It’s been a while since we last looked at Amped Wireless, a company with a primary goal being the development of higher quality and longer range WiFi products. Wireless testing being what it is – namely, a pain in the rear – I haven’t completed any of the 802.11ac router reviews yet, but the AC1200 Amped Wireless router I’ve been testing has worked well. Amped now has several newer products coming out that supersede the AC1200 router, with an AC1900 router topping their lineup and providing four stream 2.4GHz support (600Mbps) and three stream 5GHz support (up to 1300Mbps on 11ac, or 450Mbps on 11n). They’ve also added a USB 3.0 port to several of their routers to provide high-speed access to network storage, which is a potentially useful feature.

The wireless routers are now dressed in black, while the repeaters/range extenders use similar hardware that’s tuned for a slightly different workload and their casings are white. Amped also has access points available, which are more for business, with the highest model currently being AC1200 (two stream 2.4GHz/5GHz), which comes in a steel-grey color. The AC1200 RTA15 router has been shipping for a few months now with an MSRP of $190, while we’re still waiting for the new AC1900 model to begin shipping. Similarly, the REA20 range extender is currently shipping with a $200 MSRP, and we’re waiting for availability on the AC1900 range extender.

Along with the routers, repeaters, and access points, Amped has a couple new 802.11ac client adapters. One is the ACA1, an AC1200 USB WiFi adapter with USB 3.0 connectivity that supports two streams (300Mbps/867Mbps) and can be used with any suitable laptop or desktop. USB 2.0 compatibility is provided as well, but performance will potentially be lower due to the limited bandwidth offered. The second client adapter is the PCI20E, and AC1200 WiFi PCI-E adapter, which has similar performance but comes with a PCI-E x1 expansion card for use in your desktop. The ACA1 is already shipping with a $90 MSRP, while the PCI20E is currently on pre-order with an MSRP of $80, and availability is expected in March.

The potentially fastest routers at CES support up to four streams 802.11ac (1733Mbps), but the only four stream solution currently available comes from Quantenna. Considering most of Amped’s other products use Realtek chipsets, they may not bother with a four stream 11ac router, so the AC1900 line is likely to be the highest performance router and range extender from Amped for the time being.

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  • kmmatney - Tuesday, February 04, 2014 - link

    As a NightHawk owner, I really wouldn't call it a clear winner. You'd hardly notice the difference between it and the second place router that is $50 cheaper, or even the $84 D-link AC1200. I haven't had many stability issues with the NightHawk, but I'm not sure it's worth the money. Reply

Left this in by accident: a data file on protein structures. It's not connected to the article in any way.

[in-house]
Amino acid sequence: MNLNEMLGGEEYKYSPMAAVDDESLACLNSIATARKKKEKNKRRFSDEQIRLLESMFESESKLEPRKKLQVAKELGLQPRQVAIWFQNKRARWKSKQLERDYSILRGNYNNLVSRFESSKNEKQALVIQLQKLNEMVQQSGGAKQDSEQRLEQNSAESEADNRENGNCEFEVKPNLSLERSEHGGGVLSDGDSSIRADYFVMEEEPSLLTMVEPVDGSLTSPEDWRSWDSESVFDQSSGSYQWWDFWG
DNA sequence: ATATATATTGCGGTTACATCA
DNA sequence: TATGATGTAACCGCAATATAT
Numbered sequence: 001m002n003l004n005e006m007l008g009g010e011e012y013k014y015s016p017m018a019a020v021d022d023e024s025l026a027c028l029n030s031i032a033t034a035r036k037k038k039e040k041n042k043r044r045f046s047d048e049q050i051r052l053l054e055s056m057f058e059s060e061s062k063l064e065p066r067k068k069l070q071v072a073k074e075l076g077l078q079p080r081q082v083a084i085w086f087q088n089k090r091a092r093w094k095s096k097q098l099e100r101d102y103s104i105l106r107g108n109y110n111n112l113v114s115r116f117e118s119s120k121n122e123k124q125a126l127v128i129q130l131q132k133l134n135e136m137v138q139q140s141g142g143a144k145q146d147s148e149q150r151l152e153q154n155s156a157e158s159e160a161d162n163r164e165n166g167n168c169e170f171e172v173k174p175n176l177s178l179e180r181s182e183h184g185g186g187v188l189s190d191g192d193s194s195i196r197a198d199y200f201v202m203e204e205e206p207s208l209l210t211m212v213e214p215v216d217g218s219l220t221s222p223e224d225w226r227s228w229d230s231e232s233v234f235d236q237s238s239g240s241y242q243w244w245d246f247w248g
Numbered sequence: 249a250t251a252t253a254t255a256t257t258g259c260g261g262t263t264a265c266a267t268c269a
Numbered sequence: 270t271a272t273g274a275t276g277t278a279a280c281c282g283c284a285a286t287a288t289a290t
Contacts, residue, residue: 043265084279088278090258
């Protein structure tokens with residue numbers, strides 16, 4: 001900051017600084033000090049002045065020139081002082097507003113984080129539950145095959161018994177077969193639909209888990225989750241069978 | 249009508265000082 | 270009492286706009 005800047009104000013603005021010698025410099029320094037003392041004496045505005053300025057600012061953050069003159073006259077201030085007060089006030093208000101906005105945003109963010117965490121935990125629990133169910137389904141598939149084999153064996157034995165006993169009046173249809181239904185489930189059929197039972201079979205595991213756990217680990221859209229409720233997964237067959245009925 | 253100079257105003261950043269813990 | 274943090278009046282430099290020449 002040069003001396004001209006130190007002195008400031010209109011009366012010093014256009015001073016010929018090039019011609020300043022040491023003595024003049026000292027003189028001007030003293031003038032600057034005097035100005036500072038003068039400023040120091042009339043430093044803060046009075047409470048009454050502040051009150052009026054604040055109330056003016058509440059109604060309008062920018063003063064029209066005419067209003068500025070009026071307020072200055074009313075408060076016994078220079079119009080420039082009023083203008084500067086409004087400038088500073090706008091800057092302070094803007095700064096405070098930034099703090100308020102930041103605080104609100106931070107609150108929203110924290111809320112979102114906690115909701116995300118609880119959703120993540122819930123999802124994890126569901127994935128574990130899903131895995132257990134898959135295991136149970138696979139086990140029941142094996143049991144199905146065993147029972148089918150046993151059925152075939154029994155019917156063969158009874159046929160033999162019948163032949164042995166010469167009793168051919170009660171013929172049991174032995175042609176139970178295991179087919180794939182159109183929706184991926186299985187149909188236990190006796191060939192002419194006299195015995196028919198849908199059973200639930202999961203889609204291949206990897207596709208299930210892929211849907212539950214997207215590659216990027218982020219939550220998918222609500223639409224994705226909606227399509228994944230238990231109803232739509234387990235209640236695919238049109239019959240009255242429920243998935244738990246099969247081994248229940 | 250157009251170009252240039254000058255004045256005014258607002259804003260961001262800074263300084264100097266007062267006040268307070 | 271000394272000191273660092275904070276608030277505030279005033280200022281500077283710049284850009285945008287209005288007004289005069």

• B3an - Wednesday, January 22, 2014 - link

    I wish AT would get some new people on board so there can be more (detailed) reviews. Reply
  • msahni - Tuesday, January 21, 2014 - link

    HI there
    what happened to the ASUS RT-AC87U and what about the AMPED AC1900 RTA30.

    Come on guys we don't expect ANANDTECH to give us yesterdays news tomorrow .....
    Reply
  • tyft86 - Tuesday, January 21, 2014 - link

    Don't worry I'm still waiting for the MacBook Pro Retina 2013 review...it's now 2014! Reply
  • Krysto - Wednesday, January 22, 2014 - link

    I'm waiting for 802.11ac-2013 which should give 7Gbps on 5Ghz, and at least 1Gbps for 2.4 Ghz. Reply
  • JarredWalton - Wednesday, January 22, 2014 - link

    Just defined standard probably means we're at least a year away from seeing products that support 11ac-2013 (shouldn't it be 2014 now?), but it's definitely cool sounding. Even if you can only get 1/3 the promised bandwidth, the ability to do over 2Gbps of real throughput over WiFi would be awesome. The problem is, to get 7Gbps you need 160MHz channels and eight streams; we're still waiting for retail four-stream implementations, and most are still topping out at 80MHz channels, plus 160MHz means you're carving out a huge portion of the spectrum so you'd need to be free from other 5GHz network interference to get it to work. Some day, though, I'll be able to finally rid myself of my last Gigabit Ethernet cables. Maybe. Reply
  • Krysto - Wednesday, January 22, 2014 - link

    Better wait for 802.11ac-2013 that will give at least 1 Gbps for 2.4Ghz and a whooping 7Gbps for 5Ghz.

    http://www.zdnet.com/super-fast-wi-fi-coming-802-1...
    Reply
  • 1andrew - Wednesday, January 22, 2014 - link

    I thought AC was supposed to be 5 GHz only. I live in a complex and I can see about 15 2.4 GHz access points and I'm the only one on 5 GHz. Reply
  • JarredWalton - Wednesday, January 22, 2014 - link

    11ac is 5GHz only, but it's also backwards compatible with 11n/11g so you also get 2.4GHz support. Reply
  • DanNeely - Thursday, January 23, 2014 - link

    Yeah, that's what I thought. I understand there isn't enough spectrum for larger 2.4g channels and 2.4 is too noisy for a higher level of QAM to be effective; but I kinda wish MU-MIMO was backported to the 2.4ghz part of the router. Being able to send streams to several legacy devices at once would be a nice improvement for on legacy devices. Reply

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